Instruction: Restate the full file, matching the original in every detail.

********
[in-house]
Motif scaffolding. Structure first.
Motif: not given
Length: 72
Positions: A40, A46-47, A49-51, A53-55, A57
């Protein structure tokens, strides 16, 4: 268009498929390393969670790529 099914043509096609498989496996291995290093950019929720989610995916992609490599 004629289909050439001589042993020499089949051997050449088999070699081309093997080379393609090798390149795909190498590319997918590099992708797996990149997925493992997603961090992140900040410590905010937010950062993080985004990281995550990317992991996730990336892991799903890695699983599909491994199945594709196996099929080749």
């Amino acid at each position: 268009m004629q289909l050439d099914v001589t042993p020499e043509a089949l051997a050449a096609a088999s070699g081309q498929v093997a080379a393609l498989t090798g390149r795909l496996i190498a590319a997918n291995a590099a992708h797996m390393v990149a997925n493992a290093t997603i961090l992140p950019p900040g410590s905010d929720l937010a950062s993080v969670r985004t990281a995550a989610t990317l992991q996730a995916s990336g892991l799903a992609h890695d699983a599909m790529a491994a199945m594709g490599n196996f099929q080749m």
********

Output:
[in-house]
Motif scaffolding. Structure first.
Motif: not given
Length: 72
Positions: A40, A46-47, A49-51, A53-55, A57
């Protein structure tokens, strides 16, 4: 268009498929390393969670790529 099914043509096609498989496996291995290093950019929720989610995916992609490599 004629289909050439001589042993020499089949051997050449088999070699081309093997080379393609090798390149795909190498590319997918590099992708797996990149997925493992997603961090992140900040410590905010937010950062993080985004990281995550990317992991996730990336892991799903890695699983599909491994199945594709196996099929080749």
């Amino acid at each position: 268009m004629q289909l050439d099914v001589t042993p020499e043509a089949l051997a050449a096609a088999s070699g081309q498929v093997a080379a393609l498989t090798g390149r795909l496996i190498a590319a997918n291995a590099a992708h797996m390393v990149a997925n493992a290093t997603i961090l992140p950019p900040g410590s905010d929720l937010a950062s993080v969670r985004t990281a995550a989610t990317l992991q996730a995916s990336g892991l799903a992609h890695d699983a599909m790529a491994a199945m594709g490599n196996f099929q080749m």